So let me get this straight. A primetime NFL matchup ended on a game deciding play that happened at the goal line. The refs huddled. The Seahawks celebrated. The Lions asked off the field dejected. The only guy in the building, and I mean THE ONLY GUY, that knew that there was a blown call was a 74 year old ex-referee that took 20 minutes to make his way up to the booth to tell the world the Lions got screwed. I guess my only question is why? Why would Jerry Austin, a guy that is indebted to the NFL for his long, successful officiating career, introduce something so controversial when he was literally the only person that realized it was controversial? Why would he bring that negative attention to the league, unless of course, he was given the green light to do so?
At this point, I firmly believe that the NFL will do anything to stay in the headlines. To see evidence of that look no further than an entire offseason spent arguing over the air pressure in a football that, according to a Federal judge, wasn't even deflated. Is it just a coincidence that the NFL got caught mustering up a fabricated narrative that kept them in the news cycle from February to September? The NFL firmly believes that there isn't such a thing as bad publicity. With the last three primetime games being complete bores, the NHL season right around the corner, and the NBA preseason starting up, maybe the NFL just decided that a good old fashioned 'Fail Mary-esque' ruling would get people ONLY talking about them again. I legitimately think that's as good of a reason as any for us to be discussing some batted ball out of the end zone.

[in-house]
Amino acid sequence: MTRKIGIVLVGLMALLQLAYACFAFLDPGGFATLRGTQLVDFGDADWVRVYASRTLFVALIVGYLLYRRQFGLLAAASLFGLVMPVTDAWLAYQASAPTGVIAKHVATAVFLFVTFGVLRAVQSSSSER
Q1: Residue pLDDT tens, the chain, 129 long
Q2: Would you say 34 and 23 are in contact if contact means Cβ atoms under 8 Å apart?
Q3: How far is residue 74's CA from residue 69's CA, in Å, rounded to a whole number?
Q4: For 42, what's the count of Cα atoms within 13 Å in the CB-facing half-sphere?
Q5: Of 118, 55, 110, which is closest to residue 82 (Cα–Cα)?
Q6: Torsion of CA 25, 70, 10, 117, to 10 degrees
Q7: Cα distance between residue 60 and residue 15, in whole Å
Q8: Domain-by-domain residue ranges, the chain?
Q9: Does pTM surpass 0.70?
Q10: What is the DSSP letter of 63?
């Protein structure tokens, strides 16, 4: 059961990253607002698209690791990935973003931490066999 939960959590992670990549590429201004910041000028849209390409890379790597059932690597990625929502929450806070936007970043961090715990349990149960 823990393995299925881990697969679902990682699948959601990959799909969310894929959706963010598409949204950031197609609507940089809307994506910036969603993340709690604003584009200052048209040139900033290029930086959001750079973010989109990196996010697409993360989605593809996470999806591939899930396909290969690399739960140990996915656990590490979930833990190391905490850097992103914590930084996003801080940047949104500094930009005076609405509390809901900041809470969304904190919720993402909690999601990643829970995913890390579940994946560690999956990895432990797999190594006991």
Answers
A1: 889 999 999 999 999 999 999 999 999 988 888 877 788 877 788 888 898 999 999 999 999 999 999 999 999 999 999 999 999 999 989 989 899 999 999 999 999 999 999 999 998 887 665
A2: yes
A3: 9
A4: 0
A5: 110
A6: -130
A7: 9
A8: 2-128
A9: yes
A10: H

I wouldn't be surprised if some NFL executive came up with that rule on the fly last night and just used the crypt keeper to deliver the message so it seemed legitimate. I mean, that rule, when instituted correctly, doesn't even sound like it makes any sense whatsoever. In fact, the only way it does sound right is when it comes from the mouth of a senior citizen that has dedicated his entire life to officiating. No one is going to tell that guy he is wrong. If Jon Gruden or Ray Lewis had delivered the message we would have awkwardly laughed at them like they were off their meds. What's more likely? That the NFL orchestrated this whole thing to create hours upon hours of "entertainment", or that 53 rostered players and about a dozen coaches weren't aware of a cut and dry rule that stole a victory right out from under their winless noses? Ask yourself that, because while the rule may seem obscure, it's not crazy enough that no one should know of it's existence.